Al Qaeda is in a great public relations situation, whereas if we withdraw, then they can say that they won, and that they defeated the other superpower. And if we stay, then Iraq is still a beacon for disaffected jihadis who want to go join the war. So they are in an enviable position, but really, they haven’t accomplished what they hope to do in Iraq. 
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Monday, September 10, 2007

Eva Fairbanks on Ambd. Crocker

Why his testimony was far more important than Petraeus'.
clipped from

Crocker is right that Iraqi leaders' intentions and how much actual power they wield is more important than whether they have accomplished a specific set of benchmarks--or whether withdrawal will do more harm than good. But his cautious optimism didn't even seem to convince himself. Even when he was describing areas like provincial reconstruction in which he'd had "pretty good luck," Crocker sounded depressed. I think he's well on his way to becoming another tragic figure of this war: well-intentioned, capable, but brought to his knees by the mistakes of others and the sheer immensity of the task he was given. Success is "achievable"? You wouldn't know it from Crocker's manner at the hearing today--a subdued, this-is-all-hypothetical-anyway spirit, like a doctor whose careful and long-ranging diagnoses are for naught because the patient in front of him is already gone.
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move on ad

The General Petraeus=General "Betray-us" title from is as bad in my book as the "Stab-in-the-Back" campaign Hugh Hewitt has run. I'm tired of the so-called political football being kicked around by both sides. Each is equally disgusting in my book. Each calls into question the honor of Americans who serve the country (either as politicians and military personnel). Make an argument someone is wrong, why they are wrong, and why your position would be better.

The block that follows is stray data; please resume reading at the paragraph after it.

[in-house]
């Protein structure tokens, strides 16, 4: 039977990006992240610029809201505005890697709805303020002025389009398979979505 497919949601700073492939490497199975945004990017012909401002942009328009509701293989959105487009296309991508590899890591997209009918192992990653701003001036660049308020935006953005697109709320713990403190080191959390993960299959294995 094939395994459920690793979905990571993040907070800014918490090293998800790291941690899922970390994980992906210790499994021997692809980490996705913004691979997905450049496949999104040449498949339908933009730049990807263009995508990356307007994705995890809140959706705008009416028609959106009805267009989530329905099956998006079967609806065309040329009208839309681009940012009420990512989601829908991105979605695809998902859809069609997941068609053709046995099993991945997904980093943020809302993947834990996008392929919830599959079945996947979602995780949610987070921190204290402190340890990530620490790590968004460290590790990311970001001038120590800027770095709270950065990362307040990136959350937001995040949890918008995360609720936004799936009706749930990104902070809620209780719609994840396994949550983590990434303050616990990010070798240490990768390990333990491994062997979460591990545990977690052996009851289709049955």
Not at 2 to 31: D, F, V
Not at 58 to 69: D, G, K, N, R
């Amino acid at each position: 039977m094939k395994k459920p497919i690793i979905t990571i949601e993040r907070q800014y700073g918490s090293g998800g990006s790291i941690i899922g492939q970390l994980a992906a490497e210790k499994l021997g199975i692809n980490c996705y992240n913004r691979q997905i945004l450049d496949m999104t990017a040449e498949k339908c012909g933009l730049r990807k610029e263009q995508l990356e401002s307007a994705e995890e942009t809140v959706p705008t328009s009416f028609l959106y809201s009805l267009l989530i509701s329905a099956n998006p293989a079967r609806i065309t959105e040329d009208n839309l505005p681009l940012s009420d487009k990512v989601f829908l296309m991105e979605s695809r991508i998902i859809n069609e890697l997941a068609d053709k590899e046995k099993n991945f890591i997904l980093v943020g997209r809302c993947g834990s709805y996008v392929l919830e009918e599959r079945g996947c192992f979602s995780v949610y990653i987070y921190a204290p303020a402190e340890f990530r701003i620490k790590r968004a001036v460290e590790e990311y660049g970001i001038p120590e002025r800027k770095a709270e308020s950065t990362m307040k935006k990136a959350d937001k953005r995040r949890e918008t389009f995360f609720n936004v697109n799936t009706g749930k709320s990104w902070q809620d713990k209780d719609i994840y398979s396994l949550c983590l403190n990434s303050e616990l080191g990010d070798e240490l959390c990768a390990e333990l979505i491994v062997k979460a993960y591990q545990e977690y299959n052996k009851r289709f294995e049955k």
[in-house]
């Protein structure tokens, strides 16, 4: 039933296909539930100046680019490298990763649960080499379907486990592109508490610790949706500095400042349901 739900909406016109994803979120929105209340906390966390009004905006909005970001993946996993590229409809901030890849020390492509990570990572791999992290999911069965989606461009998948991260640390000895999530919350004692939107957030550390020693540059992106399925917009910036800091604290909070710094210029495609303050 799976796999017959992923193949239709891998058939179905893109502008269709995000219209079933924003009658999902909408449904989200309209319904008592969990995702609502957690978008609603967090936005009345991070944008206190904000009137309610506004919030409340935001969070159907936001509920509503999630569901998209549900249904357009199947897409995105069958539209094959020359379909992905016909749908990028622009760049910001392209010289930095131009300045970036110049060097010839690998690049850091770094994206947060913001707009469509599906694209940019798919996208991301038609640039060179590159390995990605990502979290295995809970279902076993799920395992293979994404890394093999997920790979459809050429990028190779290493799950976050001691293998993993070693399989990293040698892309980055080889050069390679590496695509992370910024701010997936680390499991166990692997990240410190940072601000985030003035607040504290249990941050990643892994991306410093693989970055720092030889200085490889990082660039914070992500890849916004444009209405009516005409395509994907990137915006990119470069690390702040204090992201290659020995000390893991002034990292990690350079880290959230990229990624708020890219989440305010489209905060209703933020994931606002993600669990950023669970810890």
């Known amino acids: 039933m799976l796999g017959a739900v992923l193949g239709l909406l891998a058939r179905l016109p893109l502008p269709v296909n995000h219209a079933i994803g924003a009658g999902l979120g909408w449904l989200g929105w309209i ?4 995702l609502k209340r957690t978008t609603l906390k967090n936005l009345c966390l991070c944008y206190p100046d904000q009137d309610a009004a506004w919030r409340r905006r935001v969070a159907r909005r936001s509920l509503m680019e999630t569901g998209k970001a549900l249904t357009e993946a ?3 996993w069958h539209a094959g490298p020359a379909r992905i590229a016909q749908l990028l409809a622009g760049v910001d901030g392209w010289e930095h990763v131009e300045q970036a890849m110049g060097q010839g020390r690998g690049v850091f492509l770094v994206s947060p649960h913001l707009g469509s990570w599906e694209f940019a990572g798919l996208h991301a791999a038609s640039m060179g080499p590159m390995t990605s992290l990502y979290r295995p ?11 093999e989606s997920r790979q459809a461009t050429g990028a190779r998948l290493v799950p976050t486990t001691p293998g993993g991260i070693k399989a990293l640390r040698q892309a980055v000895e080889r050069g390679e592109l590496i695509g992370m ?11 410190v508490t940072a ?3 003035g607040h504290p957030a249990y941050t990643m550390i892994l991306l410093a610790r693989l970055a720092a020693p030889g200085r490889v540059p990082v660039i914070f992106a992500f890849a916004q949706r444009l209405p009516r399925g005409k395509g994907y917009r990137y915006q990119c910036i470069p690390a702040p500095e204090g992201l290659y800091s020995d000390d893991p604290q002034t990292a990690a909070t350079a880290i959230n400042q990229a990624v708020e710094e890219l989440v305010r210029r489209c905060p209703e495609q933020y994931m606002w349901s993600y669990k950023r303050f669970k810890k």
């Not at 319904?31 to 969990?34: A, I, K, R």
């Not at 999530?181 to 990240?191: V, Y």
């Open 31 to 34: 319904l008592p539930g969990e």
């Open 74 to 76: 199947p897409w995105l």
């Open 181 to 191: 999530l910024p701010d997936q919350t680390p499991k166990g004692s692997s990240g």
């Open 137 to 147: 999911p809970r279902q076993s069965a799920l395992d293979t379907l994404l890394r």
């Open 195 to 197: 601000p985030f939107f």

Petraeus didn't betray the country. He has consistently supported a strategy that I think is failed, however many tactical gains have been made. Not exactly betrayal. The ad does make some valid points, which sadly get lost in the controversy over the title. [There's always a grain of truth in the stereotype]. These groups will never learn apparently that they only make those pushing against the escalation in a worse position.

Not that in matters, given that with 5thGeneration Warfare, civilian protests (unlike Vietnam where they were successful, 4th Gen.), war is continual. If such groups want to attack A)they should attack the President's lack of Middle East strategy. He's in charge not Petraeus. B)the one attack they do make is in this realm (rhetorically charged as "cooking the books") but without the "betray-us" which allows the ring-wingosphere to cry foul (deservedly so in a way) without of course ever having to deal with the following facts.

From the ad (my emphasis):